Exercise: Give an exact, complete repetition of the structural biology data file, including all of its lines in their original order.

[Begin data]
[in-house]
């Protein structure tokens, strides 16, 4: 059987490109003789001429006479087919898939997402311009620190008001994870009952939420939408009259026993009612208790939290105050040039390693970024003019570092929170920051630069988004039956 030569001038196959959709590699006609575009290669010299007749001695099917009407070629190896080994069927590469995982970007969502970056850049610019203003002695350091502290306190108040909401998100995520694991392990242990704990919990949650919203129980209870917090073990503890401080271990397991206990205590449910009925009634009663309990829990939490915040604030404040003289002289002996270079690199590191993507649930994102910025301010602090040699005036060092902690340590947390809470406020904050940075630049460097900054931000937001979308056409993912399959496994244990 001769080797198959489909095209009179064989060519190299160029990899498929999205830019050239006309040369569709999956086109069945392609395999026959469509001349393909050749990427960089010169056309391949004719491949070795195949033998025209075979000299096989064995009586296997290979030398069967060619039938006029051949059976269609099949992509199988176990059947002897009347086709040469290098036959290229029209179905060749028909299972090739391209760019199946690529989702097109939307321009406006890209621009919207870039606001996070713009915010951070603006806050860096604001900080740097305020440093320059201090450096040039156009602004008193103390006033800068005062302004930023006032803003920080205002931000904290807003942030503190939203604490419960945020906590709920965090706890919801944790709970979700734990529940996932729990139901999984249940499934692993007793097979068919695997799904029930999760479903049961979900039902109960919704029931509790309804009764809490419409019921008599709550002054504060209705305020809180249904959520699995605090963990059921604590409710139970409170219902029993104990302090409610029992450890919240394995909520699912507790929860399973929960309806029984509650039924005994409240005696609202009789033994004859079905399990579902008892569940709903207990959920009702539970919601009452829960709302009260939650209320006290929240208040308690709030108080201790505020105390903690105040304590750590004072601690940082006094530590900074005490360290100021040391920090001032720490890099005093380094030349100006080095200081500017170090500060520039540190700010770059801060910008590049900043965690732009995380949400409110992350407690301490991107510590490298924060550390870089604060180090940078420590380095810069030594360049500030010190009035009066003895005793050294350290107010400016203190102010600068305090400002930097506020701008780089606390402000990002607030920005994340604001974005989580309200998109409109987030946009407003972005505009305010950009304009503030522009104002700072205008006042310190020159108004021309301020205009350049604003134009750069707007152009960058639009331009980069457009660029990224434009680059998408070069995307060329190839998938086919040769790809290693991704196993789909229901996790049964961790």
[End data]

[in-house]
């Protein structure tokens, strides 16, 4: 059987490109003789001429006479087919898939997402311009620190008001994870009952939420939408009259026993009612208790939290105050040039390693970024003019570092929170920051630069988004039956 030569001038196959959709590699006609575009290669010299007749001695099917009407070629190896080994069927590469995982970007969502970056850049610019203003002695350091502290306190108040909401998100995520694991392990242990704990919990949650919203129980209870917090073990503890401080271990397991206990205590449910009925009634009663309990829990939490915040604030404040003289002289002996270079690199590191993507649930994102910025301010602090040699005036060092902690340590947390809470406020904050940075630049460097900054931000937001979308056409993912399959496994244990 001769080797198959489909095209009179064989060519190299160029990899498929999205830019050239006309040369569709999956086109069945392609395999026959469509001349393909050749990427960089010169056309391949004719491949070795195949033998025209075979000299096989064995009586296997290979030398069967060619039938006029051949059976269609099949992509199988176990059947002897009347086709040469290098036959290229029209179905060749028909299972090739391209760019199946690529989702097109939307321009406006890209621009919207870039606001996070713009915010951070603006806050860096604001900080740097305020440093320059201090450096040039156009602004008193103390006033800068005062302004930023006032803003920080205002931000904290807003942030503190939203604490419960945020906590709920965090706890919801944790709970979700734990529940996932729990139901999984249940499934692993007793097979068919695997799904029930999760479903049961979900039902109960919704029931509790309804009764809490419409019921008599709550002054504060209705305020809180249904959520699995605090963990059921604590409710139970409170219902029993104990302090409610029992450890919240394995909520699912507790929860399973929960309806029984509650039924005994409240005696609202009789033994004859079905399990579902008892569940709903207990959920009702539970919601009452829960709302009260939650209320006290929240208040308690709030108080201790505020105390903690105040304590750590004072601690940082006094530590900074005490360290100021040391920090001032720490890099005093380094030349100006080095200081500017170090500060520039540190700010770059801060910008590049900043965690732009995380949400409110992350407690301490991107510590490298924060550390870089604060180090940078420590380095810069030594360049500030010190009035009066003895005793050294350290107010400016203190102010600068305090400002930097506020701008780089606390402000990002607030920005994340604001974005989580309200998109409109987030946009407003972005505009305010950009304009503030522009104002700072205008006042310190020159108004021309301020205009350049604003134009750069707007152009960058639009331009980069457009660029990224434009680059998408070069995307060329190839998938086919040769790809290693991704196993789909229901996790049964961790």